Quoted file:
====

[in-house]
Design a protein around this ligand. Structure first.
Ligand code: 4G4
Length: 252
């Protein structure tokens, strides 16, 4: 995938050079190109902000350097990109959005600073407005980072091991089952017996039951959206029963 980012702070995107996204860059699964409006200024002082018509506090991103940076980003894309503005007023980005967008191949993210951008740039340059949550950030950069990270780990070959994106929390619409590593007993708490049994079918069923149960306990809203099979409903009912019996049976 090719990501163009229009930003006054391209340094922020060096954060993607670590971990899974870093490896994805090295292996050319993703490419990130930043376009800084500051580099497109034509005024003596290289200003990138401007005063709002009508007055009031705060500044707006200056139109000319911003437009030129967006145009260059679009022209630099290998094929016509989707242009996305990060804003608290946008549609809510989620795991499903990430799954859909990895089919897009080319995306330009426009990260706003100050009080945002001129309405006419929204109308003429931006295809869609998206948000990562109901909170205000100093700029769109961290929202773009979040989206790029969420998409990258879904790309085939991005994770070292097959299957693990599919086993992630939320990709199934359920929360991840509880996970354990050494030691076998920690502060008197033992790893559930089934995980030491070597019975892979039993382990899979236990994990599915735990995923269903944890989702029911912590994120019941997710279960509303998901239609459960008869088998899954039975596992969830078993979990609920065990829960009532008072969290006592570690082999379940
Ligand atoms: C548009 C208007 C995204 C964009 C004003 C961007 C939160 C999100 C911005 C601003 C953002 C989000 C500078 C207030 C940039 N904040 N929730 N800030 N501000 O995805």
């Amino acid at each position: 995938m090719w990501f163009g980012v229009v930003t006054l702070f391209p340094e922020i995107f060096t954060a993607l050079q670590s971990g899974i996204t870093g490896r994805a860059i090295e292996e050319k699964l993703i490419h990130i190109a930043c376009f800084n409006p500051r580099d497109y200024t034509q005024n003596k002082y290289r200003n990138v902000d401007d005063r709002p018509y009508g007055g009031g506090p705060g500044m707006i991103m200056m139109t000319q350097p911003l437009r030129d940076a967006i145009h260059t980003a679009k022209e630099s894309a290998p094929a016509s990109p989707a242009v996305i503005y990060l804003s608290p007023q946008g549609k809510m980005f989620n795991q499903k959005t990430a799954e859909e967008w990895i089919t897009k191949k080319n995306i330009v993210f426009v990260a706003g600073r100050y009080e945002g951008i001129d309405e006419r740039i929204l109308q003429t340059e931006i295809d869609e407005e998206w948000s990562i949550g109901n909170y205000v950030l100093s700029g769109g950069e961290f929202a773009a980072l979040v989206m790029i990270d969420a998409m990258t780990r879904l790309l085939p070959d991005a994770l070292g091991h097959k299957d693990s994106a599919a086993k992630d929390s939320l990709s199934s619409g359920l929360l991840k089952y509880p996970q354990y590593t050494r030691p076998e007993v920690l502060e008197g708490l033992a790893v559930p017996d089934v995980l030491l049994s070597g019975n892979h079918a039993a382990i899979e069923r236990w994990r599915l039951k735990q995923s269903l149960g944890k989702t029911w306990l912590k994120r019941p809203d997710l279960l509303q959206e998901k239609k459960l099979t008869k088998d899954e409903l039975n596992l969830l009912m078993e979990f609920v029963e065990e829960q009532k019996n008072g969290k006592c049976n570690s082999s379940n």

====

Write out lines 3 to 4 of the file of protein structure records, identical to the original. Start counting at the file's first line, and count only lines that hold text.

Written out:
Ligand code: 4G4
Length: 252